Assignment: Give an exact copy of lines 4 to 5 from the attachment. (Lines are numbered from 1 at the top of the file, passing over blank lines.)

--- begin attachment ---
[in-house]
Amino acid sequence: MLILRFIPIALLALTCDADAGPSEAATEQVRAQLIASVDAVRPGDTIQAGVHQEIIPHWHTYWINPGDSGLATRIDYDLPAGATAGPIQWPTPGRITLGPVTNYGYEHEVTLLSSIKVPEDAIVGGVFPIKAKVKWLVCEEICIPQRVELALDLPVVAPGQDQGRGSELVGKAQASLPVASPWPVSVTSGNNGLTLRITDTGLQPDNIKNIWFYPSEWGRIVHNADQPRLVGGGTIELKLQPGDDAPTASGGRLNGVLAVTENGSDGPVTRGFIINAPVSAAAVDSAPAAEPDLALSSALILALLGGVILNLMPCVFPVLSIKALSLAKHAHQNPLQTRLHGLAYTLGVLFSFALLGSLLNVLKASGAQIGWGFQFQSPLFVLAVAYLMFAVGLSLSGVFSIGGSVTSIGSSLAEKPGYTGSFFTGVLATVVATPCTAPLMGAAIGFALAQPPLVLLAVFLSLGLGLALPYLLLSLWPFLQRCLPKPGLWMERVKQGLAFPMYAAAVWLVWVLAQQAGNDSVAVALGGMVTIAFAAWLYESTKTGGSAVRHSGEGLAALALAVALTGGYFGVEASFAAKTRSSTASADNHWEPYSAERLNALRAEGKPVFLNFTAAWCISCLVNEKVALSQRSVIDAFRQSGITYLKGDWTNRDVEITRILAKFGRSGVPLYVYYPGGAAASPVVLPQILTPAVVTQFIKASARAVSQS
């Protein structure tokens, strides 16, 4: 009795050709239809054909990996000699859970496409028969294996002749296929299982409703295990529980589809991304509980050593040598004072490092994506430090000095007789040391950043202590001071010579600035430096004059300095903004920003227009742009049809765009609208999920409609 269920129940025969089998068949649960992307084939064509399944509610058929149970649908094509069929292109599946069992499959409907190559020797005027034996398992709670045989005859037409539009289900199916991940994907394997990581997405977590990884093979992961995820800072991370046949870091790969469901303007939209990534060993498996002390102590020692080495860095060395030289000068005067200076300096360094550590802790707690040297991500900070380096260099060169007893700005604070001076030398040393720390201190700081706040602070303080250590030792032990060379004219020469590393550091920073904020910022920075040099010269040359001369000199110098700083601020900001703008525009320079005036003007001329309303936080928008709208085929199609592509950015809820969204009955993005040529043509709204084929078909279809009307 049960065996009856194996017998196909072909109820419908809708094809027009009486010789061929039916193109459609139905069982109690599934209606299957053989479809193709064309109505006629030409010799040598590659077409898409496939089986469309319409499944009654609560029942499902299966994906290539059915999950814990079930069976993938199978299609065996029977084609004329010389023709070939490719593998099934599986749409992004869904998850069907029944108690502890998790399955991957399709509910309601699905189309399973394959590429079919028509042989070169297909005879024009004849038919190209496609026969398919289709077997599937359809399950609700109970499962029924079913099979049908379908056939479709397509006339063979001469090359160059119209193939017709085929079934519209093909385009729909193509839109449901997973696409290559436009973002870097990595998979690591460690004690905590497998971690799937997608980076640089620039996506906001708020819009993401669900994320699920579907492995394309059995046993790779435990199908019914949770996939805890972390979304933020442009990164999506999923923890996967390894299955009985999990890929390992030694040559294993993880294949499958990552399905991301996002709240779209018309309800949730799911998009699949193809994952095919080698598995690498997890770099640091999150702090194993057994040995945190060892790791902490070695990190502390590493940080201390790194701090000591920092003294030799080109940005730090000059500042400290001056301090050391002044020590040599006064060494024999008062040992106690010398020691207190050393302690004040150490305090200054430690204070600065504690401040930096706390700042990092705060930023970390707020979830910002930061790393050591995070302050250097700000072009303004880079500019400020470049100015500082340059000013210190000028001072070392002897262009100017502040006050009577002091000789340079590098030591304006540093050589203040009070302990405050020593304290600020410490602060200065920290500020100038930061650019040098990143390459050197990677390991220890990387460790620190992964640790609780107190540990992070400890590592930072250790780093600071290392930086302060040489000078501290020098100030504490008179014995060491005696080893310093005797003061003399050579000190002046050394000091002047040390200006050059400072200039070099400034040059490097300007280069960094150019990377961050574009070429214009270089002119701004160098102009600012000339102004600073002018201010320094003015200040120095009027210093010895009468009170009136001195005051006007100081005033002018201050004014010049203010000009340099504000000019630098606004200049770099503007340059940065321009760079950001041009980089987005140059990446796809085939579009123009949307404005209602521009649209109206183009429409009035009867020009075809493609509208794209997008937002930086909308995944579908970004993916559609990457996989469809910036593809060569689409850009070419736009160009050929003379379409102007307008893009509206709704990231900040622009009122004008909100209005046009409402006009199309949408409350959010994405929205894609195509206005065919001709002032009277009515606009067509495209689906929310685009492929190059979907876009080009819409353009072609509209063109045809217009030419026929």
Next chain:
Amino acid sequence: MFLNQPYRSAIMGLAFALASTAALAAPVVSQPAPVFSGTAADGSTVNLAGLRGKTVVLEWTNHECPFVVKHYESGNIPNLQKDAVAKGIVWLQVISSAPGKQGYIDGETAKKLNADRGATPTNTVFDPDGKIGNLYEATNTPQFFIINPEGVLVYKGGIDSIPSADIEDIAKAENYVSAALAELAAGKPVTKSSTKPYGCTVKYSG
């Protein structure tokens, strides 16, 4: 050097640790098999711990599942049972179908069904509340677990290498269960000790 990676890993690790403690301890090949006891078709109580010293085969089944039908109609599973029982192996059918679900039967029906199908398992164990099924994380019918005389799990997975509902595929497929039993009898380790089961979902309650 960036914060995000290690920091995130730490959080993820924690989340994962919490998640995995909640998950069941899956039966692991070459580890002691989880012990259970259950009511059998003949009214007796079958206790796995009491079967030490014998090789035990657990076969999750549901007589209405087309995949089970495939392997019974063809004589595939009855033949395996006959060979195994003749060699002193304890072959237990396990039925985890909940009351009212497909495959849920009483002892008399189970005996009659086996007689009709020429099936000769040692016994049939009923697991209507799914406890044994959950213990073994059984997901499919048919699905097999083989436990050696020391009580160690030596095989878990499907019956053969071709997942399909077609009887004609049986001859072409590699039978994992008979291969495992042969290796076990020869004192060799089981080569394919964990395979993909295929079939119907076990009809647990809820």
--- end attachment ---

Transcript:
Next chain:
Amino acid sequence: MFLNQPYRSAIMGLAFALASTAALAAPVVSQPAPVFSGTAADGSTVNLAGLRGKTVVLEWTNHECPFVVKHYESGNIPNLQKDAVAKGIVWLQVISSAPGKQGYIDGETAKKLNADRGATPTNTVFDPDGKIGNLYEATNTPQFFIINPEGVLVYKGGIDSIPSADIEDIAKAENYVSAALAELAAGKPVTKSSTKPYGCTVKYSG